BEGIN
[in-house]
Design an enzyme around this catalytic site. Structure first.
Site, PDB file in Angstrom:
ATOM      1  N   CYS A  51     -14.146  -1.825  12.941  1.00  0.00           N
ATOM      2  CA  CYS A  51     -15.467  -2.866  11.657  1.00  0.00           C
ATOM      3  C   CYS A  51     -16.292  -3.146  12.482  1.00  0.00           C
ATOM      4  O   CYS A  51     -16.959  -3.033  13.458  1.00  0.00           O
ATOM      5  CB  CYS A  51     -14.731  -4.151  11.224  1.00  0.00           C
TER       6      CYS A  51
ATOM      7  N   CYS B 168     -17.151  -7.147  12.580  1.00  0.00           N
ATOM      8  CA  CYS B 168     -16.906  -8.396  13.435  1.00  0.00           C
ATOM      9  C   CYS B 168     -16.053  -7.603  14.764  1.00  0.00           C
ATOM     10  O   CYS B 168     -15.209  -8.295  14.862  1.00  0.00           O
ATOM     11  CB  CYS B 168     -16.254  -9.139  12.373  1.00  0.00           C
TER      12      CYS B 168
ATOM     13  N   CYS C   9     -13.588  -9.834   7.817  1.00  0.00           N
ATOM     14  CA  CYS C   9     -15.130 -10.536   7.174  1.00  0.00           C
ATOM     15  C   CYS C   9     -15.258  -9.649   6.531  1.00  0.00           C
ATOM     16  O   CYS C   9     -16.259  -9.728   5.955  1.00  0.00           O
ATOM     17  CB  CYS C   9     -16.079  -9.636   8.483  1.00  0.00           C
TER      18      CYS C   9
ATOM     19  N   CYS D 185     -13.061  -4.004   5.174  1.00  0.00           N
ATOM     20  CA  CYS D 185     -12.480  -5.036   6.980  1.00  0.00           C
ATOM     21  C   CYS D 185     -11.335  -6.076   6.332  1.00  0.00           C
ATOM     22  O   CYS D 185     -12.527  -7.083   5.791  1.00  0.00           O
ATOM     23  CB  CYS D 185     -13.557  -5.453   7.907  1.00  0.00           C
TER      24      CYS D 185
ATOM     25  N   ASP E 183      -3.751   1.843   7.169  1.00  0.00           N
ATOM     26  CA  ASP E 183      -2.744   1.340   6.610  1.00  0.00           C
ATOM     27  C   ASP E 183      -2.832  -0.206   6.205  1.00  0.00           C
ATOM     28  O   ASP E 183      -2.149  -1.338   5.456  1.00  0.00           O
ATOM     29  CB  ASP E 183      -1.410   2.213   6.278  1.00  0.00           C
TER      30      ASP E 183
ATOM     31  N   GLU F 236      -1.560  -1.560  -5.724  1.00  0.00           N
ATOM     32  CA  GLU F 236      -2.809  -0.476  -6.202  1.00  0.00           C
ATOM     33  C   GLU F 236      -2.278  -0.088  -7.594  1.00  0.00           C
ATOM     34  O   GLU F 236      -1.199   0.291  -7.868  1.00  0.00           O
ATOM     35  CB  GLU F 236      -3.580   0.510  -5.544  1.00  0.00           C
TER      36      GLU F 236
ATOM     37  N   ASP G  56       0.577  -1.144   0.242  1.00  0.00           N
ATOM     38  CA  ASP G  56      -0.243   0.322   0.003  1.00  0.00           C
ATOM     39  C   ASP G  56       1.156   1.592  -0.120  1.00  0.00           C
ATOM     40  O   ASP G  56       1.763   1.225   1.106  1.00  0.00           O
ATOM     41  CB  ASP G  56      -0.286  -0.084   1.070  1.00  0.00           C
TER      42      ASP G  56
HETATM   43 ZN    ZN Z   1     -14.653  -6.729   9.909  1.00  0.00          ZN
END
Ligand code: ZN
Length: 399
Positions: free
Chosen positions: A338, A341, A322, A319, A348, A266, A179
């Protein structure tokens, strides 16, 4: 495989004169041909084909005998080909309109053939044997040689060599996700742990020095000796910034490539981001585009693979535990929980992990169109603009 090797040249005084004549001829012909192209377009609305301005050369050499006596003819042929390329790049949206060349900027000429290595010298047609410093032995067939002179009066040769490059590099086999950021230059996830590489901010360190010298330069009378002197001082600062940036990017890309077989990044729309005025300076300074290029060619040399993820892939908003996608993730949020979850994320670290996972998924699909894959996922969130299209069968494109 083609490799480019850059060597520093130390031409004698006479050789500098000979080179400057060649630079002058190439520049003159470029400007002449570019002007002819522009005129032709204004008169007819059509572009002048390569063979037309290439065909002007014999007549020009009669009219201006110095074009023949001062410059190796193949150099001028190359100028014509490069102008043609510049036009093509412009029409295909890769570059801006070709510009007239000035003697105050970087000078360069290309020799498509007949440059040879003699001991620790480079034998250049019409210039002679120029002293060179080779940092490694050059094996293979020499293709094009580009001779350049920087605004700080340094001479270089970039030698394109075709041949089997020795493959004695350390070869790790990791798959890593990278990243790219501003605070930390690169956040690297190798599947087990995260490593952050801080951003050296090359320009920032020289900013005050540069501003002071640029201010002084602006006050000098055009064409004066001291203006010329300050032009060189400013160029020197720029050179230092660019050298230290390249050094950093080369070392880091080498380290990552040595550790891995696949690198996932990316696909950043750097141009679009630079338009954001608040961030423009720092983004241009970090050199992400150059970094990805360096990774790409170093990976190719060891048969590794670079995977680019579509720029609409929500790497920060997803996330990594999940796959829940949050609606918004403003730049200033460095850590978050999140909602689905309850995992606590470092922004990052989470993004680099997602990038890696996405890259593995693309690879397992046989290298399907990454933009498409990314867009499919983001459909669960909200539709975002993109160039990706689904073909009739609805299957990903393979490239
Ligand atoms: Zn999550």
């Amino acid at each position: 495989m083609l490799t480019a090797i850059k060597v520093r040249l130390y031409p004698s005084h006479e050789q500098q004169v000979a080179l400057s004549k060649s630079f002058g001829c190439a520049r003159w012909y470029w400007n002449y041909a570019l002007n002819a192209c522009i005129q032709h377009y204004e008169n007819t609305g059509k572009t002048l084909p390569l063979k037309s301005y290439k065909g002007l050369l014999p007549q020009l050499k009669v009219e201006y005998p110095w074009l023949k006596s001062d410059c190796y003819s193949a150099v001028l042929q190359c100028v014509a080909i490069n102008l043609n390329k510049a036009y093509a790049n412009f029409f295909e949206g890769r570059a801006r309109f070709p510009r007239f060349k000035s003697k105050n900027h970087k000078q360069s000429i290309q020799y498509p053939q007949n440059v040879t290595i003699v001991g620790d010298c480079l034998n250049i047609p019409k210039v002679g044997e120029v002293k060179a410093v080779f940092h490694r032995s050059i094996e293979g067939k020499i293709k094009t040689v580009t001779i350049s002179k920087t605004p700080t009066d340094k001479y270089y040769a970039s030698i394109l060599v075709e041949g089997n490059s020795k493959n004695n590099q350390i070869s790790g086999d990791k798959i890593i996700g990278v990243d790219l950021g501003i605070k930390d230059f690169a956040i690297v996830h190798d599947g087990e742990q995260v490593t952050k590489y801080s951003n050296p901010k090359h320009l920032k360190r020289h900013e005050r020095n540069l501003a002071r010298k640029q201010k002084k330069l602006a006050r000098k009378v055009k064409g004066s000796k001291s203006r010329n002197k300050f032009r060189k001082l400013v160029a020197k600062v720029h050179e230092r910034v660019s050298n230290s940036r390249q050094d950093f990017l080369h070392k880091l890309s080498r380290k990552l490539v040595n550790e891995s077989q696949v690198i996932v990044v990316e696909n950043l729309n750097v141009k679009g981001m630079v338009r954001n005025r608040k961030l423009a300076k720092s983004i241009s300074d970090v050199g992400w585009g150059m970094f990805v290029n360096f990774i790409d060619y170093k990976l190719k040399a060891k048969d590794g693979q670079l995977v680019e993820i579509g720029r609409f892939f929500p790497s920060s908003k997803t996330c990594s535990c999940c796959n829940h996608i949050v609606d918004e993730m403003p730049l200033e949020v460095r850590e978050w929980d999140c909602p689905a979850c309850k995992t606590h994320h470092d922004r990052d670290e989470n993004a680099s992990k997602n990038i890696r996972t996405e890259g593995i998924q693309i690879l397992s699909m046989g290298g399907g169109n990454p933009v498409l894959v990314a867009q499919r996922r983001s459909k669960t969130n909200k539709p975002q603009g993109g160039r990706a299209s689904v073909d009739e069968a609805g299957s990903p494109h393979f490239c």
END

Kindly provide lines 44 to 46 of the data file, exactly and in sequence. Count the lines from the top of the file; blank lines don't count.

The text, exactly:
ATOM     41  CB  ASP G  56      -0.286  -0.084   1.070  1.00  0.00           C
TER      42      ASP G  56
HETATM   43 ZN    ZN Z   1     -14.653  -6.729   9.909  1.00  0.00          ZN